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Sharecropping and Tenant Farming: Definition & Overview

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  • 0:02 The Post-Civil War Context
  • 1:15 Sharecropping
  • 3:25 Tenant Farming
  • 4:18 The Effects
  • 5:23 Lesson Summary
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Lesson Transcript
Instructor: Jason McCollom
After the end of the Civil War, two new forms of agricultural labor filled the vacuum of slavery. Learn about sharecropping and tenant farming, and test your knowledge with a quiz.

The Post-Civil War Context

Imagine two situations: In one, you run a business. You use the profits from selling your goods to pay a landlord for an apartment. In the other situation, you have no money, so your landlord takes the profits from your business as rent. But you can't sell your goods on the market, because the landlord demands control so he can receive rent money.

This was similar to the situation of landless farmers, black and white, in the decades after the Civil War and into the early twentieth century. These small farmers didn't own any land, so they were forced into labor systems called sharecropping and tenant farming. They paid the landlord - often through a portion of the crop they raised - to use his land. Sharecroppers and tenants rarely broke out of this system to become landowners themselves.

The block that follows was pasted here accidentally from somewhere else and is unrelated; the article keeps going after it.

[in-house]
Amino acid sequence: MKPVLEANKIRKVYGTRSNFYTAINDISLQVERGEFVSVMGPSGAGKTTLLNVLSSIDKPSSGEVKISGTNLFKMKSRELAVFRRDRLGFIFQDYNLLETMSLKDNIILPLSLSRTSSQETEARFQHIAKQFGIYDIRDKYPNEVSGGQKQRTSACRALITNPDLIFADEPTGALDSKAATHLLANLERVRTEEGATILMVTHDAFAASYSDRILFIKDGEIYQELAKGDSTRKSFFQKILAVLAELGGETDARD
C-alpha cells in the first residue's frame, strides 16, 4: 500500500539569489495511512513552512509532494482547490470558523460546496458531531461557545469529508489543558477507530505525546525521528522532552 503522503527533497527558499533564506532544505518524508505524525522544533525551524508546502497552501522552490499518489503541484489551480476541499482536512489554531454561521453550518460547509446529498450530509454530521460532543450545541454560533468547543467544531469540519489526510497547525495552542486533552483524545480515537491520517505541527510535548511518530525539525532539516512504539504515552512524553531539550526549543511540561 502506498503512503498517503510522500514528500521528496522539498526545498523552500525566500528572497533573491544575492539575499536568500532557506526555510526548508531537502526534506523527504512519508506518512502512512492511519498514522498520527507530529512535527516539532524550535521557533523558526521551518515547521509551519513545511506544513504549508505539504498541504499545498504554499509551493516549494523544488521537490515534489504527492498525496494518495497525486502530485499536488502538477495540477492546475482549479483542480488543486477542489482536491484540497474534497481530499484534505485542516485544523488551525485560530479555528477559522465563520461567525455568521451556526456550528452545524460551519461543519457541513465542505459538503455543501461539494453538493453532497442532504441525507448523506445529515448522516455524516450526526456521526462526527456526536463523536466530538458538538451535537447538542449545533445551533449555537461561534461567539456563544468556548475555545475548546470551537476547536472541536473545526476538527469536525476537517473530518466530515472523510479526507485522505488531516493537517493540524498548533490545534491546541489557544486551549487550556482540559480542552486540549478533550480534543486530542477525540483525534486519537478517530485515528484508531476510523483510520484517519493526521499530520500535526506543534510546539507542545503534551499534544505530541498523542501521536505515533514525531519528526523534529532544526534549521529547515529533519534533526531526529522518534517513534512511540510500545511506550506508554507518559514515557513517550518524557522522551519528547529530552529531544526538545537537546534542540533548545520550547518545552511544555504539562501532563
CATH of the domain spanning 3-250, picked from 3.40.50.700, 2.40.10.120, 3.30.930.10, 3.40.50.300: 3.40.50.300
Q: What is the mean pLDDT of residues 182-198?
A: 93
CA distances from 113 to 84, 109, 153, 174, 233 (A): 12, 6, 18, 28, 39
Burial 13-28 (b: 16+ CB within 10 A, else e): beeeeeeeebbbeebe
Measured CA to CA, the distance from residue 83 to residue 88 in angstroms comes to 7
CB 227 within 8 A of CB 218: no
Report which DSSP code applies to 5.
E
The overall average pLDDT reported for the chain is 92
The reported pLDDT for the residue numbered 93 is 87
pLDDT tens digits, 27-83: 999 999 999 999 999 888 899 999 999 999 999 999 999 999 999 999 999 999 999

Since the Civil War ended slavery, all the money that was invested in slaves was wiped out. The plantation economy - huge farms producing cotton or tobacco or rice based on forced labor - was destroyed. In this vacuum developed two new labor systems: sharecropping and tenant farming.

Sharecropping

Sharecropping emerged from the conflicting interests of former slaves and former slave plantation owners. For planters, it was a way to resume agricultural production, as large plantations were turned into individual family plots. For former slaves, it moved away from the gang labor system and freed them from the constant supervision of white overseers.

In sharecropping, a family farmed someone else's land. The landowner demanded around half of the crop yield (usually cotton) in exchange for rent. But because the landowner provided the sharecropper with seeds, beasts of burden, farm tools, housing, and food, he often claimed a larger share.

Sharecroppers rarely were able to work their way up to become landowners themselves and were stuck in a cycle of dependency. Since the landlord demanded payment immediately after crops were sold, this left the cropper with little cash. Furthermore, because the cropper had put to up future crops for collateral, this bound him in debt to the local merchant. The inability of sharecroppers to grow their own food also made them dependent on the landlord or merchant for sustenance. And credit rates were always high in mostly isolated and rural areas of the South where sharecropping predominated. Finally, if cotton prices were low, which they increasingly were throughout the late 19th century, the sharecropper started the next season already in debt. It was extremely difficult for a cropper to break out of this cycle of dependency.

A black sharecropper in Alabama put it this way: 'The colored folks stayed with the old boss man and farmed and worked on the plantations. They were still slaves, but they were free slaves.' Although the majority of rural blacks were sharecroppers by 1900, there were actually more white sharecroppers than black. Sharecropping was indicative of the poverty of the South after the destruction of the Civil War.

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